This post was not intended as a complaint. Still, I wanted to qualify the light-hearted mockery of the situation since I hit “publish” the same day this thoughtful article hit the stands. The latter is a beautiful contribution to the discussion about the choices of women who carry a mutation in the BRCA1 gene.
I don’t know what I would do. If I’m honest with myself, I think I would opt to have my breasts removed after I was done having children. Ovaries are more tricky. On my Ob/Gyn rotation last year, we met with ovarian cancer survivors, all of whom had their ovaries and uteri removed, launching them into “early menopause.” It’s kind of gentle terminology for what happens to your body when it abruptly loses a crucial component of a delicately balanced hormone supply. It affects your body in more ways than we understand. I don’t know what I would do.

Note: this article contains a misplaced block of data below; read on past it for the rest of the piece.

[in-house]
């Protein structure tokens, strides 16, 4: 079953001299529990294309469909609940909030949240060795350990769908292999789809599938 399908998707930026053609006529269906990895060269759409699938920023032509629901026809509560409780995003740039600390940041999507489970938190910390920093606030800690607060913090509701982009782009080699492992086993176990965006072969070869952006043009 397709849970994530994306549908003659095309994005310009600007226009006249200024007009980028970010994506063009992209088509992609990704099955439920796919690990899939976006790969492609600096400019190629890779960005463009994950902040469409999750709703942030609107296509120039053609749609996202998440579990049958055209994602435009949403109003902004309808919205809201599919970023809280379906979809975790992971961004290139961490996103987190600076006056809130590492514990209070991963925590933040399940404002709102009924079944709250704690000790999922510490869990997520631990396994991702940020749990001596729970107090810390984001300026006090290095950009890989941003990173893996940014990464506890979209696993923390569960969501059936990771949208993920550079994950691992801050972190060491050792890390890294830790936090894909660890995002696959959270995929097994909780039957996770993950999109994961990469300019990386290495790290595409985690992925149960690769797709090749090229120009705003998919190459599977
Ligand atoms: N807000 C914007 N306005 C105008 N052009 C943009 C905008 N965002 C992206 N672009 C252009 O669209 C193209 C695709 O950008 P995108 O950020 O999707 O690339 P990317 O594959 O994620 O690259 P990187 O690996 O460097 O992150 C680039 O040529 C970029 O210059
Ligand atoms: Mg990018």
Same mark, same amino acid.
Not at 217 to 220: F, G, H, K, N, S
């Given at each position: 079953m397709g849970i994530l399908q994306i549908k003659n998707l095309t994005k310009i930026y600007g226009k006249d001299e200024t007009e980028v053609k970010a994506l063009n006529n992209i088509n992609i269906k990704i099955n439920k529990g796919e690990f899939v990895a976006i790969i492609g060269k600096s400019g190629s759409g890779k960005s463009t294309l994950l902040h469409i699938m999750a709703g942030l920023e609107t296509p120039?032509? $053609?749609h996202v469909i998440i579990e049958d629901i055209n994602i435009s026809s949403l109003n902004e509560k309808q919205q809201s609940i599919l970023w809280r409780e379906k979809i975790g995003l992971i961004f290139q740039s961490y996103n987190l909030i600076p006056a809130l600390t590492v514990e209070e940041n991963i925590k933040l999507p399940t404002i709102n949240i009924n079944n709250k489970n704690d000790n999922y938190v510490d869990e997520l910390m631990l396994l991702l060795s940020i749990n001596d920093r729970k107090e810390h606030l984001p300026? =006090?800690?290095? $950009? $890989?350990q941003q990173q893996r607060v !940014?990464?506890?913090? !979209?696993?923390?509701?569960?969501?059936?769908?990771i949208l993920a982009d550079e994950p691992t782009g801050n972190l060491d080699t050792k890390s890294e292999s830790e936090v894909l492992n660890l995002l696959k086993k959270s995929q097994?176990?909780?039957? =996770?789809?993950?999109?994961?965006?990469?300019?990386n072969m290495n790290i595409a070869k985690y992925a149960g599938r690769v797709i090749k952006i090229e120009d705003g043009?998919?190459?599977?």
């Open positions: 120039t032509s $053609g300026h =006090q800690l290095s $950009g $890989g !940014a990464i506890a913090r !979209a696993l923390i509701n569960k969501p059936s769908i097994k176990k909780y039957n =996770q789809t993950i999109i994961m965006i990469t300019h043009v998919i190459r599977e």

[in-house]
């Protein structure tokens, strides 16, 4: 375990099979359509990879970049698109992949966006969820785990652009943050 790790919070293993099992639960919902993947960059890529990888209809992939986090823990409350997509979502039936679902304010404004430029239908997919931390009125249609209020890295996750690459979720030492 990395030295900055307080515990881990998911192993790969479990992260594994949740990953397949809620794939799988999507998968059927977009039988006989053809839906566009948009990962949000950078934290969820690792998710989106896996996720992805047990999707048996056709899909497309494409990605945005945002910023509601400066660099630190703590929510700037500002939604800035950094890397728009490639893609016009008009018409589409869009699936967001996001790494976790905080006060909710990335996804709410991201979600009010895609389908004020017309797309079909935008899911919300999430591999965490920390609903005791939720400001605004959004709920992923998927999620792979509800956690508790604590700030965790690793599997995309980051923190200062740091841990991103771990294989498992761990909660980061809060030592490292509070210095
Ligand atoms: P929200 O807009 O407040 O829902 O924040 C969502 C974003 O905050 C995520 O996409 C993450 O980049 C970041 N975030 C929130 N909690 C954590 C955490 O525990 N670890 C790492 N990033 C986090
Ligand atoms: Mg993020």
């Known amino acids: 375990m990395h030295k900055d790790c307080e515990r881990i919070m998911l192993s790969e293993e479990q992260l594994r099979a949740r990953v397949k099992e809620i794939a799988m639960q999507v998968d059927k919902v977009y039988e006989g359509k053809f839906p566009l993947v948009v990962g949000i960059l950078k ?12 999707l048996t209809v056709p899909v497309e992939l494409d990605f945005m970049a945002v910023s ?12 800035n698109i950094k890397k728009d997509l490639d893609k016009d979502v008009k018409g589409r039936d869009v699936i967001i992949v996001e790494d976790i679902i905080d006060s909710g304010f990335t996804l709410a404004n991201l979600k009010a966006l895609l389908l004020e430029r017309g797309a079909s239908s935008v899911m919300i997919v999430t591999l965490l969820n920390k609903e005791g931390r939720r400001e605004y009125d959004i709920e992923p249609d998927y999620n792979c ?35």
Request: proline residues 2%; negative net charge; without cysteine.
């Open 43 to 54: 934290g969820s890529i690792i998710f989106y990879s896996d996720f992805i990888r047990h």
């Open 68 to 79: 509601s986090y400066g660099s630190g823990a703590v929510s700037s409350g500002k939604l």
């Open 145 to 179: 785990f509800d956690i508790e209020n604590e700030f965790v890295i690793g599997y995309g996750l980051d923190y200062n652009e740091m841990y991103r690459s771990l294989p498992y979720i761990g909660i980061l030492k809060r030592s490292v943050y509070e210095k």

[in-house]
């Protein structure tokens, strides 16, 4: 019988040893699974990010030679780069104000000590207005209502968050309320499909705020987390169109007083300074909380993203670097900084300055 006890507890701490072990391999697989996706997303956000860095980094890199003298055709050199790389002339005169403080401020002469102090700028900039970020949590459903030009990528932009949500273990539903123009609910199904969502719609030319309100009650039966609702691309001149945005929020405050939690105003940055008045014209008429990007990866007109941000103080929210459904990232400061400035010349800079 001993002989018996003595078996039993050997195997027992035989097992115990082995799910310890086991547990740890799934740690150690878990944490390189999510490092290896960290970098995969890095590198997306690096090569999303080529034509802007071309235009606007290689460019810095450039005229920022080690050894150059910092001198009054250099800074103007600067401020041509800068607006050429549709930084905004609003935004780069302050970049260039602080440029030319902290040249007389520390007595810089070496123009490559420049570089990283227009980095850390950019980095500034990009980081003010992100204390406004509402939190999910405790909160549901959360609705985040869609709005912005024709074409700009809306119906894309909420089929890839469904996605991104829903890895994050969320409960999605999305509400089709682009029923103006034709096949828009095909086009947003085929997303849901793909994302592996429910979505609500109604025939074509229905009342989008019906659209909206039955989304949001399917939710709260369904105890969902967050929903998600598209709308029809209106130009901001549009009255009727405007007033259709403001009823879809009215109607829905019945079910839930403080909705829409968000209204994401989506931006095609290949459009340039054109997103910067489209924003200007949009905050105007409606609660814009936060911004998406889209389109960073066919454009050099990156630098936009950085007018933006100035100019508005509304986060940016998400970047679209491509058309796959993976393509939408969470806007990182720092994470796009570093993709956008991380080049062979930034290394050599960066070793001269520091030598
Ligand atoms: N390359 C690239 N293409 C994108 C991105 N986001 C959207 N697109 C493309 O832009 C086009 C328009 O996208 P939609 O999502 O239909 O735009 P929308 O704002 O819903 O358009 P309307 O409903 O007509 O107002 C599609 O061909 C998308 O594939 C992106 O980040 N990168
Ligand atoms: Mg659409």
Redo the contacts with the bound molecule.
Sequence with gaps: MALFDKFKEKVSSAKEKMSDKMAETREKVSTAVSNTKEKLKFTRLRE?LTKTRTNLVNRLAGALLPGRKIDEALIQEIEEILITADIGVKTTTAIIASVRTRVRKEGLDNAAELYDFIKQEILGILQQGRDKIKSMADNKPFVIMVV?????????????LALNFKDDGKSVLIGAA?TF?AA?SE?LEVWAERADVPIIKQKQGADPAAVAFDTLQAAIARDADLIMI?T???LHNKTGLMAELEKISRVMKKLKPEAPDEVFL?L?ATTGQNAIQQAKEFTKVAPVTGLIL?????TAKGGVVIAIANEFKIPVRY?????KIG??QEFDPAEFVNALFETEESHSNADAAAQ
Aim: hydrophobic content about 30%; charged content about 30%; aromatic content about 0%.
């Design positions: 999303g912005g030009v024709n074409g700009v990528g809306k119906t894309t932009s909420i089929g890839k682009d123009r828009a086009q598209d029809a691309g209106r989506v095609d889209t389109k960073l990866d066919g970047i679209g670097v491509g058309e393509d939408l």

But, similar to Jolie, I lost my mother early (at 57 to liver cancer). Unlike Jolie, I’m not at an increased risk of developing cancer. I’m very, very lucky that I don’t have to choose painful surgery, months of reconstruction, a body that’s not entirely my own, and perpetual hormonal instability in order to lessen the risk of death while my children are still kids. Jolie is confident that she made the right choice for her and her family–either way, any decision at which those with the BRCA1 mutation arrive, it is so brave, and so constantly thought-provoking.
It is reassuring that they see nothing that makes them uncomfortable. They can see my small scars and that’s it. Everything else is just Mommy, the same as she always was. And they know that I love them and will do anything to be with them as long as I can. On a personal note, I do not feel any less of a woman. I feel empowered that I made a strong choice that in no way diminishes my femininity.